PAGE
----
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Dinefwr Town Defences

Also known as, or recorded in historical documents as;
Old Dynevor

In the community of Llandeilo.
In the historic county of Carmarthenshire.
Modern authority of Carmarthenshire.
Preserved county of Dyfed.

OS Map Grid Reference: SN611217
Latitude 51.87684° Longitude -4.01689°

Dinefwr Town Defences has been described as a probable Urban Defence.

There are no visible remains.

This site is a scheduled monument protected by law.


C13 defences of deserted town now vanished, possibly in castle bailey. (Bond 1987)

In common with other similar sites in Wales, a settlement would probably have developed around the gates of the castle. At Dinefwr in 1280 Edward I’s surveyors recorded a villa de Scleygon - ‘vill of the Clerks’, later in 1318 called ‘Trefscoleygyon’. Ralph Griffiths suggests this was a settlement of priests attached to the court of Dinefwr, possibly located close to the castle or even in its outer bailey. Up to 1280 it would seem that the ‘vill of the Clerks’ could hardly be graced by the term town. However, soon after the castle came into English hands in 1280 the justiciar of West Wales proclaimed a weekly market and annual fair at ‘the town of Dinefwr’. Development was rapid, for by 1298 the town contained 26 burgages and a court to dispense justice. However, it is argued below that not all of these burgages were located close to the castle. Although it is likely that the old town of Dinefwr lay close to the castle, the presence of three properties recorded ‘near Llandavyson’ in 1532-32 (Griffiths 1993, 214) raises the possibility that the town was perhaps located close to Llandyfeisant Church. Ralph Griffiths argues that the events of around 1280 allowed for the augmentation of the existing population by immigrants and for the reordering of the settlement, eventually leading to a ‘twin-town’ settlement with Dinefwr becoming the ‘old town’ and the new town (Newton) located on the site of the present Newton House. This reordering did not happen immediately, as in 1300 it is recorded of Newton: ‘Of this town nothing for the burgages and lands, because they are not yet arrented’. It seems likely, therefore, that 26 burgages recorded in 1298 consisted a combination of rented burgages in the old town of Dinefwr and freshly laid but unoccupied burgages ready for settlers in the new town, as in 1302-03 it is noted that the old (or upper) town of Dinefwr consisted of just 13 burgages and the new (or lower) town of Newton had 35. The tenants of the old town were Welsh; the new town was of immigrant origin, apart from one Welsh tenant. Clearly the English Crown was both securing its hold on south Wales by promoting immigration and maximising its profits by encouraging tenants to settle in a new town away from the cramped and rather inconvenient quarters around the castle. (Schlee 2008)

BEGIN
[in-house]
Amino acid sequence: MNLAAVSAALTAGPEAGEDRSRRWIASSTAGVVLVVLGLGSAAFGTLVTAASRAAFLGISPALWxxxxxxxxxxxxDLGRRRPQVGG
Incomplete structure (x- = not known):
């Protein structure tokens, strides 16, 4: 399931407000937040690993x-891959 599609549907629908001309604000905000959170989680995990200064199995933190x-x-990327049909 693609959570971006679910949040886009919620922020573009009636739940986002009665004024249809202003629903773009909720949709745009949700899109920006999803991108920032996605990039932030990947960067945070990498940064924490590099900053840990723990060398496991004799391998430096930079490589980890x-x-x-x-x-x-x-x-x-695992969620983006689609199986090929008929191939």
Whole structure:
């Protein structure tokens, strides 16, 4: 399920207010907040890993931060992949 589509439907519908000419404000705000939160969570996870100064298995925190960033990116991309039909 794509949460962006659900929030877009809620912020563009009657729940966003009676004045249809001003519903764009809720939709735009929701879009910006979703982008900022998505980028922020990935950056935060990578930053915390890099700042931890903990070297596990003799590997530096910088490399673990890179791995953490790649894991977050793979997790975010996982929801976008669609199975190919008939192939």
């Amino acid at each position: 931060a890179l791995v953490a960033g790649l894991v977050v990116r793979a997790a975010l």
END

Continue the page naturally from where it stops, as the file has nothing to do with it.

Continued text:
The community serving the castle may have been dispersed over several sites in and around the castle. Dyfed Archaeological Trust topographical survey records some weak defensive banks around one of the possible settlement sites but state the welsh town 'was very small, never more than the 13 burgages recorded in 1302-03 and was specialised, housing just clerks and priests serving the castle'
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Sources of information, references and further reading
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This record last updated 06/07/2016 10:32:45